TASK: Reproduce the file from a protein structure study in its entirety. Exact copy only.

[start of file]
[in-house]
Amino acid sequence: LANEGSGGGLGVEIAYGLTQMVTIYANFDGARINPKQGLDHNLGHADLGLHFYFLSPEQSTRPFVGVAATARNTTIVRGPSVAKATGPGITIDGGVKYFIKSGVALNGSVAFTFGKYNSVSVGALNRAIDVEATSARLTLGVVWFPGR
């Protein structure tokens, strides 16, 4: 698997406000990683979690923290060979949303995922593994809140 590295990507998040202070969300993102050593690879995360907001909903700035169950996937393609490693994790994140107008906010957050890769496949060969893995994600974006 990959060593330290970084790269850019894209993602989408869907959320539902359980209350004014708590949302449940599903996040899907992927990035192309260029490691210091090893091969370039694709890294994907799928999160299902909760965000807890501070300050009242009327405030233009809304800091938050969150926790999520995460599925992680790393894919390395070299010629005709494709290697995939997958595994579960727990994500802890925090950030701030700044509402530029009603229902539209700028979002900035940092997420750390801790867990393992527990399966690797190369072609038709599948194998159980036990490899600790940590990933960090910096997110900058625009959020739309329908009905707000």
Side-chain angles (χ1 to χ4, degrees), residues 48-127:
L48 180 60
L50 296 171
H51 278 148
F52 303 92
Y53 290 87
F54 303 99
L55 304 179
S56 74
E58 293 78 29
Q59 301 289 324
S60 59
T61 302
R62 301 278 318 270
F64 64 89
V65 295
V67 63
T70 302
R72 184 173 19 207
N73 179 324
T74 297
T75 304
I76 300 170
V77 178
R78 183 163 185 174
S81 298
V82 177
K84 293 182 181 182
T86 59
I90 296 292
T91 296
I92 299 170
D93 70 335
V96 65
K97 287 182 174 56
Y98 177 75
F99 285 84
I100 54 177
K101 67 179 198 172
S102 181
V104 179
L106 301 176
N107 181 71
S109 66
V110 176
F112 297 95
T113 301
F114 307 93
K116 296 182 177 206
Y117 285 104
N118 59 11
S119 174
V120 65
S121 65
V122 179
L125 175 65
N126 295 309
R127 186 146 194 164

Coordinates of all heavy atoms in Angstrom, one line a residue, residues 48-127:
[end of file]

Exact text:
[in-house]
Amino acid sequence: LANEGSGGGLGVEIAYGLTQMVTIYANFDGARINPKQGLDHNLGHADLGLHFYFLSPEQSTRPFVGVAATARNTTIVRGPSVAKATGPGITIDGGVKYFIKSGVALNGSVAFTFGKYNSVSVGALNRAIDVEATSARLTLGVVWFPGR
């Protein structure tokens, strides 16, 4: 698997406000990683979690923290060979949303995922593994809140 590295990507998040202070969300993102050593690879995360907001909903700035169950996937393609490693994790994140107008906010957050890769496949060969893995994600974006 990959060593330290970084790269850019894209993602989408869907959320539902359980209350004014708590949302449940599903996040899907992927990035192309260029490691210091090893091969370039694709890294994907799928999160299902909760965000807890501070300050009242009327405030233009809304800091938050969150926790999520995460599925992680790393894919390395070299010629005709494709290697995939997958595994579960727990994500802890925090950030701030700044509402530029009603229902539209700028979002900035940092997420750390801790867990393992527990399966690797190369072609038709599948194998159980036990490899600790940590990933960090910096997110900058625009959020739309329908009905707000």
Side-chain angles (χ1 to χ4, degrees), residues 48-127:
L48 180 60
L50 296 171
H51 278 148
F52 303 92
Y53 290 87
F54 303 99
L55 304 179
S56 74
E58 293 78 29
Q59 301 289 324
S60 59
T61 302
R62 301 278 318 270
F64 64 89
V65 295
V67 63
T70 302
R72 184 173 19 207
N73 179 324
T74 297
T75 304
I76 300 170
V77 178
R78 183 163 185 174
S81 298
V82 177
K84 293 182 181 182
T86 59
I90 296 292
T91 296
I92 299 170
D93 70 335
V96 65
K97 287 182 174 56
Y98 177 75
F99 285 84
I100 54 177
K101 67 179 198 172
S102 181
V104 179
L106 301 176
N107 181 71
S109 66
V110 176
F112 297 95
T113 301
F114 307 93
K116 296 182 177 206
Y117 285 104
N118 59 11
S119 174
V120 65
S121 65
V122 179
L125 175 65
N126 295 309
R127 186 146 194 164

Coordinates of all heavy atoms in Angstrom, one line a residue, residues 48-127: